October 20th, 2006

I first read the BGR’s report on Road Home’s rental housing a couple weeks ago, and it really got under my skin. And now it’s been cited in yesterday’s Times-Picayune front page article on the fate of public housing and the directions being taken toward affordable housing in New Orleans, it’s crawling out from where it’s been festering.

“Although ostensibly a recovery program, the Road Home rental program is at heart an affordable housing program.”
The Road Home Rental Housing Program: Consequences for New Orleans
Bureau of Governmental Research

First of all, it’s been my understanding that HUD’s Community Development Block Grant program is intended, in their own words “principally for low- and moderate-income persons,” so the LRA couldn’t not focus primarily on affordable housing even if it wanted to. Unaffordable housing ought to be able to take care of itself, as the BGR itself aptly pointed out back on August 24, 2005, in that other lifetime when Katrina was just a newly named tropical storm preparing to swat Florida.

Second, the spirit of alarm (gasp! an it’s an affordable housing program? in the Orange County I mean, Orleans Parish, recovery effort?) is telling. The BGR recognizes that the many legacies of poverty have hurt our city and citizens, but their high-minded, “objective,” “pure facts,” “no spin” (is there ever a clearer warning to keep your seatbelt fastened and your arms inside the ride until the Tilt-A-Whirl comes to a complete stop?) conclusion is that the remedy is to remove the poor, or a sizable number of them anyway. And being the ever-thorough BGR, they detail at great length their endorsement of the best means to accomplish this feat – move over Voodoo, there’s a new sympathetic magic in town: Feng Shui.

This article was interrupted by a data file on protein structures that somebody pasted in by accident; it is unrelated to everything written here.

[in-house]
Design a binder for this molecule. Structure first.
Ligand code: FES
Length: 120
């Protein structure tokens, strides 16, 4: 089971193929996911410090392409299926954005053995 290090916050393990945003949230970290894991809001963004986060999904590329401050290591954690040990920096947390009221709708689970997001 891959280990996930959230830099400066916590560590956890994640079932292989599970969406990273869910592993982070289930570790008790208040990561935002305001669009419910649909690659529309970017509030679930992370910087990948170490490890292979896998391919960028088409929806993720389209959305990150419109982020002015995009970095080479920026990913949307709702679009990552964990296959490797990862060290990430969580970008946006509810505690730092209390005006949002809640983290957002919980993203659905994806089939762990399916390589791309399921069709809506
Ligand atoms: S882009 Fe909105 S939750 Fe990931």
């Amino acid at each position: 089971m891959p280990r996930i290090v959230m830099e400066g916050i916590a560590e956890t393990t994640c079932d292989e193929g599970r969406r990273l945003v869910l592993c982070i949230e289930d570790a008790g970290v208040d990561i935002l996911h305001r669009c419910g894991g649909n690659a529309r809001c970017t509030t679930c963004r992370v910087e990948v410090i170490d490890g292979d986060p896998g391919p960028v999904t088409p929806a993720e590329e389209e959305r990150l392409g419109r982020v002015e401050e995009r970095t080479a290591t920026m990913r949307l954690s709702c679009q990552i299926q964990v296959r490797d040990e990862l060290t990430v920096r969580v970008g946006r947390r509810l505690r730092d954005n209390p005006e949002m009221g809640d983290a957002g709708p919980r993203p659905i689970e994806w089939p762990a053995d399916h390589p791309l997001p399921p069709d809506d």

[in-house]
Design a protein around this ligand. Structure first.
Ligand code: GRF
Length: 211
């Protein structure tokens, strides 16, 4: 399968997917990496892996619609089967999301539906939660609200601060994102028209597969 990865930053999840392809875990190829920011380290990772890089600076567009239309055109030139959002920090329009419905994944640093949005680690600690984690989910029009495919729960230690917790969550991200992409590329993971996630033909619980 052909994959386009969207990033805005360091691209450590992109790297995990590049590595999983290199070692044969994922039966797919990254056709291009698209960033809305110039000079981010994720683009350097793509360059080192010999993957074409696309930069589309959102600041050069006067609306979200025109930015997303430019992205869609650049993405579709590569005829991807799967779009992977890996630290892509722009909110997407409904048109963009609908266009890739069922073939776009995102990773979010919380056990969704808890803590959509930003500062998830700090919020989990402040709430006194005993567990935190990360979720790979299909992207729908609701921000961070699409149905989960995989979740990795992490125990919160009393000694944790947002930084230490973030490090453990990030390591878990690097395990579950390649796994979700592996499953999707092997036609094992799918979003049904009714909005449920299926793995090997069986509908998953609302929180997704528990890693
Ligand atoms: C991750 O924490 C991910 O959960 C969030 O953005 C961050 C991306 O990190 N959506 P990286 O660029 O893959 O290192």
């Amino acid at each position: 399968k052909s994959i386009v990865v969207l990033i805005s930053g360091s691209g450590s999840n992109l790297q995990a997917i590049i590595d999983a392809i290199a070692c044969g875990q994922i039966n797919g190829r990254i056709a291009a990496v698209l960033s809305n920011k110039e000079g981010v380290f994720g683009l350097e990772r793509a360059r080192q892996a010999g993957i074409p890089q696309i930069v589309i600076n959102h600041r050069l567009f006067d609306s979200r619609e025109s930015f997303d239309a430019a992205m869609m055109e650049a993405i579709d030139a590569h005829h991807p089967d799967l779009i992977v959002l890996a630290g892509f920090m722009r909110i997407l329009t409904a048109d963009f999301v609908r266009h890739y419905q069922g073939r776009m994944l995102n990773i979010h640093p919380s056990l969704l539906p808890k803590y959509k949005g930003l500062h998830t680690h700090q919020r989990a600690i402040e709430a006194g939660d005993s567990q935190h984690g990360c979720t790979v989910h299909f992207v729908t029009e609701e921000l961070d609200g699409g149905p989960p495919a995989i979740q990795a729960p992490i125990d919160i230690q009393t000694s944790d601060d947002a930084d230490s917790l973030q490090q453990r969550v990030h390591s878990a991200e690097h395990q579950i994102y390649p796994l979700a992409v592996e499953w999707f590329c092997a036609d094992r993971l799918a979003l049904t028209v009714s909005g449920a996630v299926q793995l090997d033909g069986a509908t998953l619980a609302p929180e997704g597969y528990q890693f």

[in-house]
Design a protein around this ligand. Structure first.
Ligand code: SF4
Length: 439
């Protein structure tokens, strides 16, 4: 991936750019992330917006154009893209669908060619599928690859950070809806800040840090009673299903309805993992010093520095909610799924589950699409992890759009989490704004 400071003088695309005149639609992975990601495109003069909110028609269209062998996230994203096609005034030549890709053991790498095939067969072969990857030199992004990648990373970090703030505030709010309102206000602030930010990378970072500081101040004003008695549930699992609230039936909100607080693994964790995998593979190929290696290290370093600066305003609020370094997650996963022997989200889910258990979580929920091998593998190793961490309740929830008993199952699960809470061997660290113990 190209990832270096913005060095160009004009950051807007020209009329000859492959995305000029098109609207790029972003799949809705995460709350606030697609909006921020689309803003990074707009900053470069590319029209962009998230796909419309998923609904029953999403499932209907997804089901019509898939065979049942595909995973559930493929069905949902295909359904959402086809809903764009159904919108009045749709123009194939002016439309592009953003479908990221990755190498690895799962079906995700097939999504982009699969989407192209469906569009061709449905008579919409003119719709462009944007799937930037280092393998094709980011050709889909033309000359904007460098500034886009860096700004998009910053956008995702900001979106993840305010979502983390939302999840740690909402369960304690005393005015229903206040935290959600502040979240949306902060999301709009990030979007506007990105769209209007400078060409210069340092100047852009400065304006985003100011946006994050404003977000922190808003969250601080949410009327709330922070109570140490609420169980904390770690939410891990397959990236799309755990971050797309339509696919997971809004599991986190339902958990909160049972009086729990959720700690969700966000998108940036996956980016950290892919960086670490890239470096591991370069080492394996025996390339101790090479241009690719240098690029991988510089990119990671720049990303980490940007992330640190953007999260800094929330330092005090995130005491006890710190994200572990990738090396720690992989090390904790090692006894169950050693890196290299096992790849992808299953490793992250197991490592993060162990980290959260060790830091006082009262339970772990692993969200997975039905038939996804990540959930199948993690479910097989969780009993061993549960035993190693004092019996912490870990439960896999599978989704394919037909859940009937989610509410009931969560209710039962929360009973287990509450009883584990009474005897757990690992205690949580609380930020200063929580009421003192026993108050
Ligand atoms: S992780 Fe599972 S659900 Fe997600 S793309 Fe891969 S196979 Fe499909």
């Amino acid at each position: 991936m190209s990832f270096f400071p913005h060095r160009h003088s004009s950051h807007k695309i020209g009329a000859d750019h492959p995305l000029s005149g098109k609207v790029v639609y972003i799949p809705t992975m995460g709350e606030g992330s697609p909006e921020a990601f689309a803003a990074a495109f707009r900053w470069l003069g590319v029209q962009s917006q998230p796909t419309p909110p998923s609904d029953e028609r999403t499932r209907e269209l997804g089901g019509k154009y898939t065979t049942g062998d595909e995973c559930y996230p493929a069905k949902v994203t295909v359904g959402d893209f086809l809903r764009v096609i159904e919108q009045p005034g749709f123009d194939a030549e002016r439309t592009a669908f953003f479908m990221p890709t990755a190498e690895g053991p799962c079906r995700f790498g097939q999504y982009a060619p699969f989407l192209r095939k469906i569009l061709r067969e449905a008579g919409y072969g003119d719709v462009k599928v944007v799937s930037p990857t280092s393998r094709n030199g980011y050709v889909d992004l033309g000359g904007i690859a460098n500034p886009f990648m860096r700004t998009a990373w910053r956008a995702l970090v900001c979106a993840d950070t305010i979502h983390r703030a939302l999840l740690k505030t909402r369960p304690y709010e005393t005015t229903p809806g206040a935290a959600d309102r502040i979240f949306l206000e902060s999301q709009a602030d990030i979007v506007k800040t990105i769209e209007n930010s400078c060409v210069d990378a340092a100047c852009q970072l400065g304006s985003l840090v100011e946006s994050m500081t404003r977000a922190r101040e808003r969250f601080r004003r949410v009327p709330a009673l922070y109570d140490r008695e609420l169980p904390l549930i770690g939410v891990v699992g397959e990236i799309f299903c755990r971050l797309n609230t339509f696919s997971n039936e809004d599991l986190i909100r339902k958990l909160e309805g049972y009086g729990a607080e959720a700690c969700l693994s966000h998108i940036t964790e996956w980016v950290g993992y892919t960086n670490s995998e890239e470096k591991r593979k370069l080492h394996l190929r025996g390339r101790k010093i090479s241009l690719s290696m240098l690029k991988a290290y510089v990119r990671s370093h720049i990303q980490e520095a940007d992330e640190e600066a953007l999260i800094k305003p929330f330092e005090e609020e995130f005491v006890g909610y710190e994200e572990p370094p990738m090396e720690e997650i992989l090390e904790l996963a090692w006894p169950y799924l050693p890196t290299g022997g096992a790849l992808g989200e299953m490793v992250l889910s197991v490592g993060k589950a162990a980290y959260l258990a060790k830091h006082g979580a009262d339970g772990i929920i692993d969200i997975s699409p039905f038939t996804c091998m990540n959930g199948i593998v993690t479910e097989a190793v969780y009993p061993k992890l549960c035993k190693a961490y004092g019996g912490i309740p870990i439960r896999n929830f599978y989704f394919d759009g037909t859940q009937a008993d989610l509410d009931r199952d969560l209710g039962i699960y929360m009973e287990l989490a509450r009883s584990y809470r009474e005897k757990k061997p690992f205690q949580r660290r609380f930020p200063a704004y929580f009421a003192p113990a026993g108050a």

The BGR is probably too “advanced” to believe in elemental natures like Air, Fire, and Water, but that doesn’t mean they’re above the Move Your Poor, Change Your Life strategy of urban self-improvement which is so popular these days (they have plenty of company in HUD, and even the LRA to some extent, however harshly the BGR takes them to task).

It begins with skimming the excess: Poverty doesn’t have to go away entirely – you still have to take the yin with the yang, the dishwashers with the doyennes – but

“The geographic allocation formula [ i.e. - dispensing funds based on the percentage of damage] would continue to concentrate the region’s low income subsidized housing in New Orleans.”

That’s right, the BGR is so confident that the New Feng Shui will have us manifesting effortlessly that they’d rather New Orleans get less funding. Granted, they’re not without paternalistic concern for the less well-off: “So much of the money and jobs have gone to suburbs,” BGR President Janet Howard told the Times-Pic. We should “help lower-income people relocate closer to jobs that would help them climb the economic ladder.” Go off to a better life in other parishes (of course, not St. Bernard – you’re not welcome there unless you’re a blood relative). Don’t worry about us market-raters – we’ll soldier on alone, here in this economically stagnant, jobless hell hole.